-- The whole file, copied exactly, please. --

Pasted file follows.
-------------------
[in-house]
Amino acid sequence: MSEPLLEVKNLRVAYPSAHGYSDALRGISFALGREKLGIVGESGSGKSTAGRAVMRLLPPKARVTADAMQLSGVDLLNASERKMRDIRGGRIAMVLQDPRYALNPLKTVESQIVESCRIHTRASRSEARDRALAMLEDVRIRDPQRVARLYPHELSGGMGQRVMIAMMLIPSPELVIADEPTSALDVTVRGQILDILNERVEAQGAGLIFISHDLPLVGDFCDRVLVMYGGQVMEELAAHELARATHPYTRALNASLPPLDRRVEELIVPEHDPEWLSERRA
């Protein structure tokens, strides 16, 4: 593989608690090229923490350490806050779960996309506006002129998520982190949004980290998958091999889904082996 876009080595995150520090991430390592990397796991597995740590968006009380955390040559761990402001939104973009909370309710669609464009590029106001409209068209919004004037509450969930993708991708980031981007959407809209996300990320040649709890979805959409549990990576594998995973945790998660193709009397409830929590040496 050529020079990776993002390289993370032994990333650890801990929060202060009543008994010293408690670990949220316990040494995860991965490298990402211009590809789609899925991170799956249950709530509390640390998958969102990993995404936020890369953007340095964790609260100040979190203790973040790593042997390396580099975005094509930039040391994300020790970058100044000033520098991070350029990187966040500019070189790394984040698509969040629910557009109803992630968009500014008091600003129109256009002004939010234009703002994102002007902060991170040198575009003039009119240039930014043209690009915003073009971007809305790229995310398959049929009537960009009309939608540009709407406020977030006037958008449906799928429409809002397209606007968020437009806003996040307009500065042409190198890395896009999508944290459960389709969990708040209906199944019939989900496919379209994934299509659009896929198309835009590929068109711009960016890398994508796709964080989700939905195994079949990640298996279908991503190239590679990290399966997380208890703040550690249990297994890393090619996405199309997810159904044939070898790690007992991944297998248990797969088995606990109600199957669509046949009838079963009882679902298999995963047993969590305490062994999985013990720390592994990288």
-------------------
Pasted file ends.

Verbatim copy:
[in-house]
Amino acid sequence: MSEPLLEVKNLRVAYPSAHGYSDALRGISFALGREKLGIVGESGSGKSTAGRAVMRLLPPKARVTADAMQLSGVDLLNASERKMRDIRGGRIAMVLQDPRYALNPLKTVESQIVESCRIHTRASRSEARDRALAMLEDVRIRDPQRVARLYPHELSGGMGQRVMIAMMLIPSPELVIADEPTSALDVTVRGQILDILNERVEAQGAGLIFISHDLPLVGDFCDRVLVMYGGQVMEELAAHELARATHPYTRALNASLPPLDRRVEELIVPEHDPEWLSERRA
């Protein structure tokens, strides 16, 4: 593989608690090229923490350490806050779960996309506006002129998520982190949004980290998958091999889904082996 876009080595995150520090991430390592990397796991597995740590968006009380955390040559761990402001939104973009909370309710669609464009590029106001409209068209919004004037509450969930993708991708980031981007959407809209996300990320040649709890979805959409549990990576594998995973945790998660193709009397409830929590040496 050529020079990776993002390289993370032994990333650890801990929060202060009543008994010293408690670990949220316990040494995860991965490298990402211009590809789609899925991170799956249950709530509390640390998958969102990993995404936020890369953007340095964790609260100040979190203790973040790593042997390396580099975005094509930039040391994300020790970058100044000033520098991070350029990187966040500019070189790394984040698509969040629910557009109803992630968009500014008091600003129109256009002004939010234009703002994102002007902060991170040198575009003039009119240039930014043209690009915003073009971007809305790229995310398959049929009537960009009309939608540009709407406020977030006037958008449906799928429409809002397209606007968020437009806003996040307009500065042409190198890395896009999508944290459960389709969990708040209906199944019939989900496919379209994934299509659009896929198309835009590929068109711009960016890398994508796709964080989700939905195994079949990640298996279908991503190239590679990290399966997380208890703040550690249990297994890393090619996405199309997810159904044939070898790690007992991944297998248990797969088995606990109600199957669509046949009838079963009882679902298999995963047993969590305490062994999985013990720390592994990288």